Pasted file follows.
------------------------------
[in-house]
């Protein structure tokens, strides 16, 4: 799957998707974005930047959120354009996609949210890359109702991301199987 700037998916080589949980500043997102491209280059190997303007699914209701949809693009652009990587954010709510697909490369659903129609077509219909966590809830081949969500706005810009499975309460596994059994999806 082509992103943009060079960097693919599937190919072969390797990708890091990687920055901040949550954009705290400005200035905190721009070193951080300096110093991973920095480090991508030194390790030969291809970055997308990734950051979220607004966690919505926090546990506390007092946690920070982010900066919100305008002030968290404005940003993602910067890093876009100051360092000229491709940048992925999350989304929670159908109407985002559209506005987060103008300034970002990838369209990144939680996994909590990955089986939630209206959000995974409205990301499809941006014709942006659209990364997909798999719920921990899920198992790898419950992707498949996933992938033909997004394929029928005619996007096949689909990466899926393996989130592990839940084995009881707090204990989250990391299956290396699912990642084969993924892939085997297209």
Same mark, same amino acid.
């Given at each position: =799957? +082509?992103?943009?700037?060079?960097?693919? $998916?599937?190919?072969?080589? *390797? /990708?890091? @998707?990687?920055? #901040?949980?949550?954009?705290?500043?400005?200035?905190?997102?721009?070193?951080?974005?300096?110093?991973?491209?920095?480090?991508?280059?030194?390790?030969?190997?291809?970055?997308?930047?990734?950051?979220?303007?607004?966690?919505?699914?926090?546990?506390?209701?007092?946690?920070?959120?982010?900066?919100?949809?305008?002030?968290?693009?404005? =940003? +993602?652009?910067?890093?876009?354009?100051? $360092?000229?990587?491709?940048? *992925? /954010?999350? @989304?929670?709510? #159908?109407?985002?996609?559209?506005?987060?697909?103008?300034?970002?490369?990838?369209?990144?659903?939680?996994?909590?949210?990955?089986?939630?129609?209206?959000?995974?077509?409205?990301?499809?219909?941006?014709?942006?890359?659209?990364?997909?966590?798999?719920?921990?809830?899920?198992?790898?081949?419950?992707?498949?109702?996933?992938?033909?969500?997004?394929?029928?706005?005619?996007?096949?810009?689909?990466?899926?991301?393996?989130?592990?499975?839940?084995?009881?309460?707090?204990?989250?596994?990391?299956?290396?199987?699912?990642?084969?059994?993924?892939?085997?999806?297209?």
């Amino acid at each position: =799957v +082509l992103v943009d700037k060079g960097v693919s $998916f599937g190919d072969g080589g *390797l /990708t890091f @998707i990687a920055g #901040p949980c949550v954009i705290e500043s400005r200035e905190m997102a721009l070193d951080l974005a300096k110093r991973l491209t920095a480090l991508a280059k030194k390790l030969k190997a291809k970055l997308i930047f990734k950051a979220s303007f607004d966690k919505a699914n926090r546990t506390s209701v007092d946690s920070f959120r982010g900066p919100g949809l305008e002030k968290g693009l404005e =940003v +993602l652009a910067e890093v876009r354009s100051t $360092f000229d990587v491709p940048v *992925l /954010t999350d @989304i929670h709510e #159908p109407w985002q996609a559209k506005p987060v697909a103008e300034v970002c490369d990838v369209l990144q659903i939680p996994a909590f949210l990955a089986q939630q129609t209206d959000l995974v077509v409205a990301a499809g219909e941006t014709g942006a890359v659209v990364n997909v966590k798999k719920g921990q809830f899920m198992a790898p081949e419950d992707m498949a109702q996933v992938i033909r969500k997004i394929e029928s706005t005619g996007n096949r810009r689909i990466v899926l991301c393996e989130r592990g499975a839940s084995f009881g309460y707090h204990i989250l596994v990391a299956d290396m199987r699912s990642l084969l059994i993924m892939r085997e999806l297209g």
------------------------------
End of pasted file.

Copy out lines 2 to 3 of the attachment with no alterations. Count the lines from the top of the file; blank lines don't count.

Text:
């Protein structure tokens, strides 16, 4: 799957998707974005930047959120354009996609949210890359109702991301199987 700037998916080589949980500043997102491209280059190997303007699914209701949809693009652009990587954010709510697909490369659903129609077509219909966590809830081949969500706005810009499975309460596994059994999806 082509992103943009060079960097693919599937190919072969390797990708890091990687920055901040949550954009705290400005200035905190721009070193951080300096110093991973920095480090991508030194390790030969291809970055997308990734950051979220607004966690919505926090546990506390007092946690920070982010900066919100305008002030968290404005940003993602910067890093876009100051360092000229491709940048992925999350989304929670159908109407985002559209506005987060103008300034970002990838369209990144939680996994909590990955089986939630209206959000995974409205990301499809941006014709942006659209990364997909798999719920921990899920198992790898419950992707498949996933992938033909997004394929029928005619996007096949689909990466899926393996989130592990839940084995009881707090204990989250990391299956290396699912990642084969993924892939085997297209």
Same mark, same amino acid.